Moroccan Food is More Than Just Couscous

Moroccan food is much loved by Moroccans and non-Moroccans alike and yet it is quite misunderstood. Moroccan food is not hummus and felafel, and it's not necessarily spicy, though it can be. To me Moroccan food is the spices and flavors but more than that it is the fresh, local ingredients that simply pop with flavor. Great cuisine needs fresh ingredients which Morocco has in abundance, and to that they add glorious touches of cumin, saffron, cinnamon, orange blossom water, garlic or chili peppers.

When I was married I was lucky to benefit from my mother-in-law's wonderful cooking which spoiled me for all Moroccan restaurants. Fortunately I also learned to cook Moroccan food. Below are some of the recipes from my (ex)mother-in-law. 

I can't believe I haven't yet written about food in Morocco because it's one of my favorite aspects of my time spent there (apart from henna, of course). With regard to food I was luckier than most casual travelers to Morocco who only experience restaurant food when eating in Morocco. I lived in Morocco for a year and a half and also visited every year for 13 years. I have visited all the big cities and explored every nook and cranny of them, and I have combed the countryside, looking for local markets, interesting sights, meeting extended family members and eating...a LOT! I have eaten in haute cuisine restaurants in elaborately decorated palaces, I have sipped tea with Polisario wives in their refugee camp tents, I have eaten tagine in desert truck stops, snacked on lung sandwiches in the old part of the capital Rabat and I have broken the Ramadan fast with tea and dates with my ex's family. My food experiences are vast, interesting and mostly delicious.

What prompted me to write is having recently seen a few blogs about Moroccan food which I found a bit misguided. One of these gave a recipe for the famous Moroccan dish "felafel" which isn't even Moroccan. Another blogger wrote about the food she ate in Morocco and it was clear from her statement—that there wasn't much variety in Moroccan food—that she had only eaten in tourist-oriented restaurants around Morocco. I feel it is incumbent upon me to set the record straight by giving you a taste of the variety of wonderful food in Morocco, from the haute to the low.


Food and Restaurants in Morocco

Most travelers to Morocco experience only restaurant food and don't even realize how much they are missing by doing so. They can't really be blamed for this because it's logical to assume that when one is hungry and doesn't have a kitchen, one goes to a restaurant. What most travelers don't know is that average Moroccans don't go out to eat in restaurants all that much and if they do, they don't go out for Moroccan food. They go out for what they don't cook at home, like French or Italian or sushi. They know that the best Moroccan food is cooked in the home, usually by one's mother. From experience, I have to agree that anyone's mother in Morocco cooks better than most restaurants. In the West we often go out to eat for special occasions but in Morocco special occasions are marked by extra attention paid to creating wonderful meals at home, cooking certain dishes that are only for celebrations. Going to a restaurant for a celebration is seen as a cheap and easy way out; whereas cooking something special at home shows that you really care.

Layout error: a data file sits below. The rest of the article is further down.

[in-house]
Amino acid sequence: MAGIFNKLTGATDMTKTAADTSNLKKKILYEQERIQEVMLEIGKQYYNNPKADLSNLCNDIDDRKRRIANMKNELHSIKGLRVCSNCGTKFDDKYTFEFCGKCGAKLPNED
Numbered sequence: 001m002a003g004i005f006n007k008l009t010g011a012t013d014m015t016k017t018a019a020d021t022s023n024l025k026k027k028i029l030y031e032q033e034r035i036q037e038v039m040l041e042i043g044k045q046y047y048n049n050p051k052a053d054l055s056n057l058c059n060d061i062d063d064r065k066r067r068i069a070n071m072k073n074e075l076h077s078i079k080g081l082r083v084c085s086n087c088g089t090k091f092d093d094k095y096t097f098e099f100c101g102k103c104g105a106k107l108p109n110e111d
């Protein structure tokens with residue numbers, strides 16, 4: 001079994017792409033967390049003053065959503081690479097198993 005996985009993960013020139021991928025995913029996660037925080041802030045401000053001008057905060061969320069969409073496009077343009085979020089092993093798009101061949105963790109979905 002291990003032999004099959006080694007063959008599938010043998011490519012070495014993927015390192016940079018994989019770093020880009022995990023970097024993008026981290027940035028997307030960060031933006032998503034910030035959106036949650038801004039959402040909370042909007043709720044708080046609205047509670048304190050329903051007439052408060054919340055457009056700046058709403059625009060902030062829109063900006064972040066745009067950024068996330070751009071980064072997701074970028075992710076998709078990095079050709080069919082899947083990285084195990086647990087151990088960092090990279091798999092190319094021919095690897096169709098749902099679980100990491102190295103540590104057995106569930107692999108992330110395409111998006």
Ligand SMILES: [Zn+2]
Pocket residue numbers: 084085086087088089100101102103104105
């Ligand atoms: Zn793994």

That said, sometimes you really cannot eat at home. A traveling salesman must eat his meals on the road, a post office employee can't always run to her house to prepare a home-cooked meal. For these kinds of meals on the go and away from home there are a lot of places that offer quite good food. These places are usually off the radar for most tourists; they are found mostly where Moroccans work and live, not in tourist spots. Their appearance is decidedly not fancy and they rarely appear in guide books, but they are often some of the best places to eat.

In all my traveling around the country one stand-by for food is the ubiquitous pairing of butcher shop and small restaurant. The idea is that you go to the butcher and pick out what you want. You can get ground meat mixed with herbs and spices for kefta kebab (like mini hamburgers on a stick), or just hunks of lamb (on a stick), or something the butcher recommends. The butcher will wrap up your choice, you pay for it and then carry it a few steps to the restaurant which has a charcoal fire burning. The restaurant will grill up your meat, serve it to you with fresh bread (possibly from the bakery next door on the other side), maybe some salad and a drink of your choice. It's a simple meal but the ingredients are incredibly fresh, cooked in front of you and served with bread that was made within feet of where you are sitting. You can put the grilled meat in the bread and take it to go if you need to hit the road. Almost every town or widening of the road will have a stand like this. When you travel by bus around Morocco the driver will stop at a gas station/truck stop that has one of these stands. In larger cities, such stands can be found everywhere each one offering its specialty. It was in such a place that I tried lung sandwich, but only a taste. I opted for a chicken sandwich which strangely enough was made with chicken still on the bones. And the fries are served stuffed into your sandwich, an effort at gustatory efficiency which I applaud.